June 30, 2017
Contact: SA Doug Dorley
Phone Number: (314) 538-4600
DEA-Led Investigation Results In Sentencing Of Two In Major Missouri Methamphetamine Trafficking Operation
OVERLAND PARK, Kan. - - Troy Derby, Assistant Special Agent-in-Charge of DEA’s Kansas City District Office, announced today that David Miller, 40, of Springfield, Missouri., and Corey A. Stienbarger, 27, of Nixa, Missouri were sentenced to prison by U.S. District Judge M. Douglas Harpool for their part in a conspiracy to distribute methamphetamine in which 28 were indicted. Miller was sentenced to 11 years and six months in federal prison without parole. Stienbarger was sentenced to four years and four months in federal prison without parole.
Beginning in 2012, the DEA, with the assistance of other agencies, investigated one of the largest methamphetamine distribution rings in southwest Missouri. The investigation resulted in the indictment of 28 co-defendants. Miller and Stienbarger were part of this distribution ring. Both had previously pled guilty to participating in the conspiracy to distribute methamphetamine from June 1, 2013, through November 29, 2014.
In 2013 through 2014, Daniel and Kenna Harmon, 38, of Republic, Missouri distributed in excess of 45 kilograms of methamphetamine in southwest Missouri and provided distribution amounts of methamphetamine to Miller and others. During the investigation law enforcement seized a total of 1.2 kilograms of methamphetamine from Miller.
When law enforcement officers executed a search warrant at Hot Shot Motors in Rogersville, Missouri on March 5, 2014, which was owned by Jonathan Heredia, Heredia and Miller, an employee of Hot Shot Motors, were present. Inside the business, officers discovered approximately 75.59 grams of methamphetamine contained in various plastic bags inside Heredia’s desk in his office. Officers also found a .40-caliber Smith and Wesson handgun under his desk and $48,757 in his office.
Officers also found approximately 518 grams of methamphetamine inside a bathroom shower at the business. Both Heredia and Miller told investigators that methamphetamine belonged to Miller, who had purchased it earlier in the day from Kenna Harmon.
Law enforcement officers then executed a search warrant at Miller’s residence on April 7, 2014. Agents found approximately 569 grams of methamphetamine, 31 grams of crack cocaine, 28.2 grams of heroin, 34 grams of unknown white pills, 63 grams of marijuana and 48.7 grams of mushrooms. Officers also found a drug ledger type notebook, two digital scales, smoking pipes, other types of drug paraphernalia, cell phones and $10,937.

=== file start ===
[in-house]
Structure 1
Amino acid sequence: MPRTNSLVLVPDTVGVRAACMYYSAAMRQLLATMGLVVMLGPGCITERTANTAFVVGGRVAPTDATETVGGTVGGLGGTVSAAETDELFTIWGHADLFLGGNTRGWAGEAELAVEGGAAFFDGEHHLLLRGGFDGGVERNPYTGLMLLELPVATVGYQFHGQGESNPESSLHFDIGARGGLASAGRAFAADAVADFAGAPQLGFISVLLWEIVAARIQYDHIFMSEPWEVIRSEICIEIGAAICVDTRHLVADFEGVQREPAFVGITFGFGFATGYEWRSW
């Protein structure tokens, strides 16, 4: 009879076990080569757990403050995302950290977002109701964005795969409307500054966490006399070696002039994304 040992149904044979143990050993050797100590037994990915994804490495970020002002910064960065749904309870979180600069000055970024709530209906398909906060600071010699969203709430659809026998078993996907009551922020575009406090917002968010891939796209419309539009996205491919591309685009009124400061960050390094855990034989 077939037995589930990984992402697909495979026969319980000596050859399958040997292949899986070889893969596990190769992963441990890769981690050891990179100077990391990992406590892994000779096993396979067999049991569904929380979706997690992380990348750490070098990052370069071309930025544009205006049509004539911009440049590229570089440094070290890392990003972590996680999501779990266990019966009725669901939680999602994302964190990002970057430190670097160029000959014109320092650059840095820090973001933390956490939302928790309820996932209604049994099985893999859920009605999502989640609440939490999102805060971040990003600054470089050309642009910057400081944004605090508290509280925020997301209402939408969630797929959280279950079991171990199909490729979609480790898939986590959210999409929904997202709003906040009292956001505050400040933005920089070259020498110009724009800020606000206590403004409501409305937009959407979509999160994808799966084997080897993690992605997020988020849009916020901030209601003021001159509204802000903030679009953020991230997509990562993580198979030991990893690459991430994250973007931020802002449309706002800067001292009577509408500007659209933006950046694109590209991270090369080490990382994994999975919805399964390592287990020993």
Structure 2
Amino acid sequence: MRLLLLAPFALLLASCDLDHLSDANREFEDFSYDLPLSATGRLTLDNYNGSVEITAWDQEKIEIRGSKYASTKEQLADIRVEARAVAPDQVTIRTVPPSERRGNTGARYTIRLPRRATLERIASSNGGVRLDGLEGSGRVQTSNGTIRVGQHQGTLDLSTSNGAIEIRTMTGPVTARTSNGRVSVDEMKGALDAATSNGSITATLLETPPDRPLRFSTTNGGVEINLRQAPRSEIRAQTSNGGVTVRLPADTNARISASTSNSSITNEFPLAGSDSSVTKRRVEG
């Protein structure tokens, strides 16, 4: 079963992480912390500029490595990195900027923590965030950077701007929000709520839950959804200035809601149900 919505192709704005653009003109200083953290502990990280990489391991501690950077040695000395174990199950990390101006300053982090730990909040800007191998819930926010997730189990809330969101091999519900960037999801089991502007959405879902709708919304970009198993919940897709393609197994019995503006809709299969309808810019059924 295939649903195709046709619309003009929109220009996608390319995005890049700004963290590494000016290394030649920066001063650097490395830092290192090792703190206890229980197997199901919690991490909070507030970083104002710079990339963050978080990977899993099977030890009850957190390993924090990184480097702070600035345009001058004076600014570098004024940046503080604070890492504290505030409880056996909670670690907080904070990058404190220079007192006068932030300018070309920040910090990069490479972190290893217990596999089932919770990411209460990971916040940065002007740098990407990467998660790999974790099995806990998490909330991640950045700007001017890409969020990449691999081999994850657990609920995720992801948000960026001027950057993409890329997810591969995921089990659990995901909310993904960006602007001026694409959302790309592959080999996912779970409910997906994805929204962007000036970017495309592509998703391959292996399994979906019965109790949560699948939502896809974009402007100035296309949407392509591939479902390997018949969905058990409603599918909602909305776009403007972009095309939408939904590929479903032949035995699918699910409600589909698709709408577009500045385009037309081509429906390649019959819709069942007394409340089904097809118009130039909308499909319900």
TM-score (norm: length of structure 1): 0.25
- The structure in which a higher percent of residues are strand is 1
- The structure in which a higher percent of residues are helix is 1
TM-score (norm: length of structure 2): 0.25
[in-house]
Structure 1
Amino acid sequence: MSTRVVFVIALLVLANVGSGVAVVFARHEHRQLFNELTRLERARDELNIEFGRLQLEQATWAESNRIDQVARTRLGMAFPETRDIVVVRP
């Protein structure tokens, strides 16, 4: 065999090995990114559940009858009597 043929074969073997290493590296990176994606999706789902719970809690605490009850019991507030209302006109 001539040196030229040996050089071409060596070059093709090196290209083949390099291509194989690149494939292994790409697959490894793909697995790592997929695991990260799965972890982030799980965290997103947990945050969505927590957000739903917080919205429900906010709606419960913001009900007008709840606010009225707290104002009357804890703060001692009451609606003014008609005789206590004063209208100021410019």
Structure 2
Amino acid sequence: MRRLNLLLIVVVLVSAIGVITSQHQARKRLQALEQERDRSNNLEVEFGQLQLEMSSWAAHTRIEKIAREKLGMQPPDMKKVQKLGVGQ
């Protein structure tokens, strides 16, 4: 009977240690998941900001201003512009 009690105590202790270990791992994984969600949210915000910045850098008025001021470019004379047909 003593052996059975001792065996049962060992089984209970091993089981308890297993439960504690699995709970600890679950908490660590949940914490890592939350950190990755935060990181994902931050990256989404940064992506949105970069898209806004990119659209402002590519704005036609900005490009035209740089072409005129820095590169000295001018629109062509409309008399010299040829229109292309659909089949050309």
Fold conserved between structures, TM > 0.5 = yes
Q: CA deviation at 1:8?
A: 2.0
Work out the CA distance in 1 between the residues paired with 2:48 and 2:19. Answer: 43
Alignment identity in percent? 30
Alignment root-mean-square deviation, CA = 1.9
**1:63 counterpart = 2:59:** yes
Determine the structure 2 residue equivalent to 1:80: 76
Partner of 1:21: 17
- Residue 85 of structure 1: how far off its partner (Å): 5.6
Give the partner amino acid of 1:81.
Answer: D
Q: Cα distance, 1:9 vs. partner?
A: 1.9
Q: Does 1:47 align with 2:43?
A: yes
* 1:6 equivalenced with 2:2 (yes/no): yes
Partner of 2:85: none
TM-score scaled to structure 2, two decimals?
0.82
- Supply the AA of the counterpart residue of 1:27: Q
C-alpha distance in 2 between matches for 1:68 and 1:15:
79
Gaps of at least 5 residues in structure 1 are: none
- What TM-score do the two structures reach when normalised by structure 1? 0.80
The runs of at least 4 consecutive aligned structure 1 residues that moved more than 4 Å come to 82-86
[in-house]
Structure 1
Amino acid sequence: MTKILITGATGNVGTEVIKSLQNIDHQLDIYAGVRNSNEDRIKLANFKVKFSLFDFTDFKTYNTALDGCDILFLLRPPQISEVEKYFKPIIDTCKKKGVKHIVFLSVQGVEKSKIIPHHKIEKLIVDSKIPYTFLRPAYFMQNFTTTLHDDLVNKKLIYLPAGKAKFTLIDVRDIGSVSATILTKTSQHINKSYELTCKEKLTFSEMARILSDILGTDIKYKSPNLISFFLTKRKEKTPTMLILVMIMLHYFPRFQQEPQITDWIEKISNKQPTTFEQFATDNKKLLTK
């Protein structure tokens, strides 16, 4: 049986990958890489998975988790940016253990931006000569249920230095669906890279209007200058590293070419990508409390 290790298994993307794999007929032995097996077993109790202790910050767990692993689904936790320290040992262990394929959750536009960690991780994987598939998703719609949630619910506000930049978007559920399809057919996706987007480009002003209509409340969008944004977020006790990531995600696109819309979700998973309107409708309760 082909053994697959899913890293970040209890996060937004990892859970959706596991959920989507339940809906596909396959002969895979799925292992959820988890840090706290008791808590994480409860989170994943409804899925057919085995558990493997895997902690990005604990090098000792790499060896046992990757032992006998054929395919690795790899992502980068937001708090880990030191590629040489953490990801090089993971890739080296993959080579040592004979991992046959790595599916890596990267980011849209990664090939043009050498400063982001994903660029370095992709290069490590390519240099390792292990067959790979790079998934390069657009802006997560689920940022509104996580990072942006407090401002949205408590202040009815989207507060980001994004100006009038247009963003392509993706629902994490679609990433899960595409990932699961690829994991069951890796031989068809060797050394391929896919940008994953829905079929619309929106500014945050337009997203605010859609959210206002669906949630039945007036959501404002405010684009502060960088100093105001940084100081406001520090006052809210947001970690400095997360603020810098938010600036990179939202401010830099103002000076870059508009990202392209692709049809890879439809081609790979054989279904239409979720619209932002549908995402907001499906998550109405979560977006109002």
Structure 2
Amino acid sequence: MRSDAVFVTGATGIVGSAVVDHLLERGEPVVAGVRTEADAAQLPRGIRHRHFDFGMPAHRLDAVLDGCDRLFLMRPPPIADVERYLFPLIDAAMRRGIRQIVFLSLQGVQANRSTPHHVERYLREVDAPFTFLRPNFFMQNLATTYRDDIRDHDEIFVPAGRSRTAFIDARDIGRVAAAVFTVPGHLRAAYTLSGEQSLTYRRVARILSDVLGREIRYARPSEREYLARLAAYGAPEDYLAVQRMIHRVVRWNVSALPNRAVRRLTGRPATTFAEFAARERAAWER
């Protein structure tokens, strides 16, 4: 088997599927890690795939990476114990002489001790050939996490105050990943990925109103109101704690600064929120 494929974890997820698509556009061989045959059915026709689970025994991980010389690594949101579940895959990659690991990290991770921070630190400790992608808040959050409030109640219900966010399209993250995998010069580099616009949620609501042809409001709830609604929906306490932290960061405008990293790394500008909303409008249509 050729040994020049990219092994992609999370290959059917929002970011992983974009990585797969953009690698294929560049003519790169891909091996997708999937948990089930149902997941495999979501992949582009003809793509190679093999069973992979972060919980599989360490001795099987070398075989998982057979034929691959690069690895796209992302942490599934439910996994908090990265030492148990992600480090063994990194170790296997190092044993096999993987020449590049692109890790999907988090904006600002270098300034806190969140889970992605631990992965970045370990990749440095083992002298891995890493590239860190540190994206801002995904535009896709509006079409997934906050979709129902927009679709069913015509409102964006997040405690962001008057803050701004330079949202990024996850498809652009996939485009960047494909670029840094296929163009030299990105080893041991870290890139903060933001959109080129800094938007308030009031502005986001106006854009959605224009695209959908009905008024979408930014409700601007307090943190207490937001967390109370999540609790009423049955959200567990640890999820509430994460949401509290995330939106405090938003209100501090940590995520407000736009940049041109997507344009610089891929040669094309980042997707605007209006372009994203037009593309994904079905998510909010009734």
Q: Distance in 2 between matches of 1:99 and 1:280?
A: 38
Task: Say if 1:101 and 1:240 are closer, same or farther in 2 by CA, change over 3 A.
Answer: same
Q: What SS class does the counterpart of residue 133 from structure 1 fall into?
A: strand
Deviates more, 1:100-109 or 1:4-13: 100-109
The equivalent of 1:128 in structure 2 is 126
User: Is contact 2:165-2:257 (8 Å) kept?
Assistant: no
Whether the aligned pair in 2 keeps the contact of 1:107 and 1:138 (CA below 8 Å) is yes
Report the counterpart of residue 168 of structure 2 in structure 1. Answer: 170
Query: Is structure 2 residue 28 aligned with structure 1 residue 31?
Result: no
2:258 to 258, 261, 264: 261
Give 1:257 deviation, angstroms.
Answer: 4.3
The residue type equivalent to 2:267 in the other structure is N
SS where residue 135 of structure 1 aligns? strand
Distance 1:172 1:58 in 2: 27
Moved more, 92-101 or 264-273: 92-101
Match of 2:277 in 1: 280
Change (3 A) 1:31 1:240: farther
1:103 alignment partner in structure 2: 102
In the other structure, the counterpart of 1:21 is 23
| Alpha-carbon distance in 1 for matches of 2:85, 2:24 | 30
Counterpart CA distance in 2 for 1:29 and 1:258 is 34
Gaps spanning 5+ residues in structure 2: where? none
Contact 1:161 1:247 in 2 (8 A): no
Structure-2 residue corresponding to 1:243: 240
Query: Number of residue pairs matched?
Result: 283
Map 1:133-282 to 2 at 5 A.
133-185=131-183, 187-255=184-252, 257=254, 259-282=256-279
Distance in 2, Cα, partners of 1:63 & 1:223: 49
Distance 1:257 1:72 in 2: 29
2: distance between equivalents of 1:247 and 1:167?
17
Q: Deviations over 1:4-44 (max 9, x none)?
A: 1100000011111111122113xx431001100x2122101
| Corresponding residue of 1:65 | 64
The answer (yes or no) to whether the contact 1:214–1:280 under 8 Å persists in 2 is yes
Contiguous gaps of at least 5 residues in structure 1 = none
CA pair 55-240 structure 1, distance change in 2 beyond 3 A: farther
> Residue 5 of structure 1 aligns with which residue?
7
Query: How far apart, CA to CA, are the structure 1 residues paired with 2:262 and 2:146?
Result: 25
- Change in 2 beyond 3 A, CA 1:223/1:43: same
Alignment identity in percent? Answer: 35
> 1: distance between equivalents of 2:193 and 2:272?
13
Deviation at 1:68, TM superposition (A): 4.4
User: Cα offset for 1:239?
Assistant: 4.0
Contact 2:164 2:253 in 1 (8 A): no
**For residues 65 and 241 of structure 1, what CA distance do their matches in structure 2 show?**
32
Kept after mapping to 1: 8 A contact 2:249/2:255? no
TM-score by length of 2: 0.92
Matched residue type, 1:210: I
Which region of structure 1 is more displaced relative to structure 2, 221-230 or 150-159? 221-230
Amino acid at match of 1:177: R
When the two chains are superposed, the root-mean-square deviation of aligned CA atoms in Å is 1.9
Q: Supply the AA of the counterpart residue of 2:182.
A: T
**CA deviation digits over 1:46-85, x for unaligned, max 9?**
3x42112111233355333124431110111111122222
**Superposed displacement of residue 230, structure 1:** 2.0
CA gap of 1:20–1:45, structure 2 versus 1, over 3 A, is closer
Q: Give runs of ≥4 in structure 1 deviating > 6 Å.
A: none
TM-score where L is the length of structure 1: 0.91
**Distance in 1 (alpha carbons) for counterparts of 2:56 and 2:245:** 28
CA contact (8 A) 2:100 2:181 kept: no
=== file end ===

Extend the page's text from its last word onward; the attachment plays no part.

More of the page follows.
Miller admitted that he had been obtaining methamphetamine from the Harmons for about a year prior to his arrest. Beginning in the late summer of 2013, Miller received one to two pounds of methamphetamine every few days from the Harmons. Miller paid over $15,000 per pound for the methamphetamine.
Miller was then stopped by law enforcement officers on February 9, 2015. During the stop, officers searched his vehicle and found 146 grams of methamphetamine in six separate baggies, 31 grams of marijuana, and a glass pipe.
Corey A. Stienbarger
Stienbarger’s role in the conspiracy was to distribute methamphetamine that he obtained from co-defendant Anthony J. Van Pelt, 38, of Springfield. Van Pelt also provided methamphetamine to Kenna Harmon. On August 19, 2014 Stienbarger, under Van Pelt’s direction, distributed approximately 450 grams of methamphetamine in Springfield, Missouri to a person who had traveled from St. Louis.
Kenna Harmon was arrested in November 2014. Agents searched various residences and vehicles belonging to Kenna Harmon and her co-conspirators and seized approximately five kilograms of methamphetamine and approximately $128,674. Kenna Harmon has pleaded guilty to being a leader in the drug-trafficking conspiracy as well as a money-laundering conspiracy and to being a felon in possession of a firearm.
Daniel Harmon was indicted in the Eastern District of Missouri and pleaded guilty to possessing methamphetamine with the intent to distribute and to being a felon in possession of a firearm. Following his arrest and incarceration, Kenna Harmon continued to lead the drug-trafficking organization.
Van Pelt was sentenced on May 31, 2017, to 21 years in federal prison without parole. Heredia pleaded guilty in a separate case and was sentenced on March 8, 2016, to four years in federal prison without parole.
This investigation was conducted by the DEA, IRS-Criminal Investigation, the Missouri State Highway Patrol, the Springfield, Missouri Police Department, and Immigration and Customs Enforcement's Homeland Security (HSI). This case was prosecuted by the United States Attorney’s Office for the Western District of Missouri.